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There are attacks that can extract some information from lookup table access that depends on a secret value, e.g. if we access a[0] or a[255] depending on some property of the secret, and a[255] causes a cache miss. But what if only the order of access changes depending on the secret value? E.g. we could have the a[0], a[1], a[2], a[3] or a[3], a[0], a[1], a[2] pattern. The order is different, but for every possible secret value the same set of indices is accessed (and, in my case, the access pattern is always cyclic, not entirely random). Would that still open up a possibility for an attack?

The practical application here is a constant-time implementation of bit shift on multi-limb integers (and if anyone has a reference to an existing implementation of such, I'd be curious to look at it). So the table can be several hundred 32- or 64-bit words.

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Does a secret-dependent order of access of a lookup table create a possibility for a timing attack?

At least it creates a the possibility of a secret-dependent timing variation (this may allow attack, or not, depending on context). Avoiding secret-dependent timing in a portable way requires that memory access patterns (including array indexes) are not secret-dependent.

On many architectures, timing will broadly tend to be minimal when the array is accessed in increasing or decreasing index order, which will maximize cache hits; and larger when the array is accessed in some haphazard order, tending to cause cache misses. The actual timing will depend on the state of the memory subsystem including cache, which on multithread CPUs (including most modern desktop and mobile CPUs) often depends on what other processes do. Having a cyclic access pattern will somewhat mitigate this effect, but how much remains dependent on the target CPU's architecture and activity of other processes.

Application is constant-time implementation of bit shift on multi-limb integers

Except in RC5 and RC6, I have never seldom met the need for implementation of bit shift with time independent of the shift count (this does not happen in RSA, Schnorr signature, DSA, ECDSA, EdDSA for large integers shifted by a variable shift count, except for shift count restricted to less than the limb width).

However it can be done, with much less performance hit than the obvious (multiplication by a power of two obtained in constant time). Assuming only byte access to memory, there's an easy algorithm with constant memory access pattern that shifts by $0$ or $2^k$ bits, and that can be used for each bit of the shift count. Assuming byte access to memory, we only need to special-case $k\in\{0,1,2\}$. Assuming a 64-bit barrel shifter, we can do the lower 6 bit in one pass.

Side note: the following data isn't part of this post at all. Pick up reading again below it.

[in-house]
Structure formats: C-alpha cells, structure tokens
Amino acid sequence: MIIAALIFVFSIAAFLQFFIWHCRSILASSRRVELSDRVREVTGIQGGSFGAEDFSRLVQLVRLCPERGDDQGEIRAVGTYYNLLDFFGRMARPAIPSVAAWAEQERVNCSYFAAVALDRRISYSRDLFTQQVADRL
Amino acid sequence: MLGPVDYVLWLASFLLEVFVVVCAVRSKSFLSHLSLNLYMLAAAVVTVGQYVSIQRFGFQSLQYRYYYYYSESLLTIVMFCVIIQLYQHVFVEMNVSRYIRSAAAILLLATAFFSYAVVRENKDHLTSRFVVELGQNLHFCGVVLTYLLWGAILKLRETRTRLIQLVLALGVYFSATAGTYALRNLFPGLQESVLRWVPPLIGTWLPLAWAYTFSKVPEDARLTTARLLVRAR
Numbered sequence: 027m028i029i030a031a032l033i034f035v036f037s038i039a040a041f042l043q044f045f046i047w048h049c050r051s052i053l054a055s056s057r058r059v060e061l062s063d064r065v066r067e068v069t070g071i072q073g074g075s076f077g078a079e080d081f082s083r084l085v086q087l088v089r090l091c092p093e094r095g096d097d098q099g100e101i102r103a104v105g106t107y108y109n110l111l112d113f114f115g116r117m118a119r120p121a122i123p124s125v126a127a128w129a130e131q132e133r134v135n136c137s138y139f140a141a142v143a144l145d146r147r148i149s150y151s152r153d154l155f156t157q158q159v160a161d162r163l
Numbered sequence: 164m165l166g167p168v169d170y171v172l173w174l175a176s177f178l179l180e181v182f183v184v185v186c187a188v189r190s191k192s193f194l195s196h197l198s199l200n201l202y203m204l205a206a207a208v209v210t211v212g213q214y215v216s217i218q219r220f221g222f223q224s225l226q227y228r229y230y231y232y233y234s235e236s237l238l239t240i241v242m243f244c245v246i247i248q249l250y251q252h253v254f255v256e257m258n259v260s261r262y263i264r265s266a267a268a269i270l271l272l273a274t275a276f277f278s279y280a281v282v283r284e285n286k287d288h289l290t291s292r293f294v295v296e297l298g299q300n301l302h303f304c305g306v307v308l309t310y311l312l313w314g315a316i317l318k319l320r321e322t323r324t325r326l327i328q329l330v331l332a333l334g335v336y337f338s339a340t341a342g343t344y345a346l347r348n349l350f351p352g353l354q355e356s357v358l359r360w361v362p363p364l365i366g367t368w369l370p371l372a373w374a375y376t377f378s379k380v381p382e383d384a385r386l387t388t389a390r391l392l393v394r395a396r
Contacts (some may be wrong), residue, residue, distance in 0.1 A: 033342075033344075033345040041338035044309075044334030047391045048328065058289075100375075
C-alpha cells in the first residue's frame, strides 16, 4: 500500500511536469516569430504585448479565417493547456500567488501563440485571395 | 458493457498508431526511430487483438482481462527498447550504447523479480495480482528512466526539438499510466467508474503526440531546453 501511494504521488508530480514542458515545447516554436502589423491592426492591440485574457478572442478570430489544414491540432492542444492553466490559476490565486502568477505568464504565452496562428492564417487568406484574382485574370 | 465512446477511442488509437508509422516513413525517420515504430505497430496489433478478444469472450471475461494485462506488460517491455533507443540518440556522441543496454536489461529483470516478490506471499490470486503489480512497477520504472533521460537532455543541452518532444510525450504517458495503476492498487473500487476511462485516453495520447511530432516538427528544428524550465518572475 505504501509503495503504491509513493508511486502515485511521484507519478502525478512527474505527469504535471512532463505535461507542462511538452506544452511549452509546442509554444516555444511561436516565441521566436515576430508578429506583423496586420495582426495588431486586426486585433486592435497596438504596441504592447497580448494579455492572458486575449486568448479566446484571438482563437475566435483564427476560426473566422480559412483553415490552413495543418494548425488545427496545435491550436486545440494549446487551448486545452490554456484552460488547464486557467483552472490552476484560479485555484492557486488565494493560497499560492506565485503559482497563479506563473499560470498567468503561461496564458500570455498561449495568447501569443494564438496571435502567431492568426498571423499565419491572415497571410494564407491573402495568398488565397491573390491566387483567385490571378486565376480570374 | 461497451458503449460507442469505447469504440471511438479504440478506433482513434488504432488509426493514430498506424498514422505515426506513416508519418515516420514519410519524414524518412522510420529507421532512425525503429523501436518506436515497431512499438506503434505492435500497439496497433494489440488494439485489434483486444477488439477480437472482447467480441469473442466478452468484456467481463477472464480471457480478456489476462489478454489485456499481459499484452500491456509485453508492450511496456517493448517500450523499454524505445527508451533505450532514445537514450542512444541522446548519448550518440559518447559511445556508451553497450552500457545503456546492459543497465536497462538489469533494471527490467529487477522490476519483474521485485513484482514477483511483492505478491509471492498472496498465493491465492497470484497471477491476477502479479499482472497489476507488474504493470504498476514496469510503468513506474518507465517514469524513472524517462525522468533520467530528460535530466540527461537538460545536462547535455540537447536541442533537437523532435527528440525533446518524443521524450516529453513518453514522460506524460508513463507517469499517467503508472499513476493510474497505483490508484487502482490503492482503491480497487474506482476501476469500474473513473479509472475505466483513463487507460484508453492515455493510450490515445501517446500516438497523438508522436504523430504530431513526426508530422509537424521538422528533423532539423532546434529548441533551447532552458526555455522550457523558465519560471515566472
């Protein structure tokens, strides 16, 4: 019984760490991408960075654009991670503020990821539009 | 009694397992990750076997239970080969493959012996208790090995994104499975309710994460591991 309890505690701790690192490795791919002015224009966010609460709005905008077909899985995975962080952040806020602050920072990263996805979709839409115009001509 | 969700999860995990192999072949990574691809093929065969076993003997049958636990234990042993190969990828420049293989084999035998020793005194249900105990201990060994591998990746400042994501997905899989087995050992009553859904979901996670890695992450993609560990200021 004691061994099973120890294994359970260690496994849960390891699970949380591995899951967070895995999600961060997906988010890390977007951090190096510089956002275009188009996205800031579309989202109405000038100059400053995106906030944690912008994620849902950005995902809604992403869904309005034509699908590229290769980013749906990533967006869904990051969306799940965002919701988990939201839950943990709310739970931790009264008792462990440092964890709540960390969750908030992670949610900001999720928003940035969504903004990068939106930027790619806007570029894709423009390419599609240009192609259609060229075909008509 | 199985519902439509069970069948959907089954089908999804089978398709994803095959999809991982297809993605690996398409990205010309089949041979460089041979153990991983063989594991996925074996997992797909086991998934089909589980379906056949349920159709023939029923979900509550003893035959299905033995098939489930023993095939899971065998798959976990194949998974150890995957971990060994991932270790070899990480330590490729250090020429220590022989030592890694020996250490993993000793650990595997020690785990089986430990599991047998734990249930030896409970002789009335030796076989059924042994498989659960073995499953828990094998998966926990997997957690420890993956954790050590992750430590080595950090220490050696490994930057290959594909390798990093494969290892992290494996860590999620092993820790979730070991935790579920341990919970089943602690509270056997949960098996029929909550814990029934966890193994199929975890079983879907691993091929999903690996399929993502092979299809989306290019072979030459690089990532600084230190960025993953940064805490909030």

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  • $\begingroup$ > Except in RC5 and RC6, I have never met the need for implementation of bit shift with time independent of the shift count. This is used in some modular inversion algorithms (decomposing the modulus into s * 2^k where s is odd) and division/modular reduction algorithms (where one needs to renormalize the modulus to have the MSB set) $\endgroup$
    – fjarri
    Aug 27, 2023 at 22:25
  • $\begingroup$ Also thanks for the ideas for a fast implementation, this may be better than what I ended up with (which works in O(N^2) time with N being the number of limbs) $\endgroup$
    – fjarri
    Aug 27, 2023 at 22:27
  • $\begingroup$ @fjarri: For modular inversion algorithms without secret-dependent timing variation, we can use binary (extended) GCD (this gives the basic method and improvements). In "division/modular reduction algorithms (where one needs to renormalize the modulus to have the MSB set)", the shift count is limited to less than one limb worth (typically <32 or <64 bit) and a barrel shifter does in a single pass over the data. I updated the answer to make my statement sharper. $\endgroup$
    – fgrieu
    Aug 28, 2023 at 17:13
  • $\begingroup$ I plan to implement eGCD as well, but frankly I would not bet that it will end up faster. The RNS inversion used already existing methods and was quicker to add, to have the functionality in place. "the shift count is limited to less than one limb worth" - it is not for big integers, you have to rescale all the way to the full bitsize, not just to one limb. $\endgroup$
    – fjarri
    Aug 28, 2023 at 21:35
  • $\begingroup$ Btw, I did actually end up with a much simpler and faster constant-time shift algorithm (O(N * log(N)) thanks to your answer. $\endgroup$
    – fjarri
    Aug 28, 2023 at 21:38

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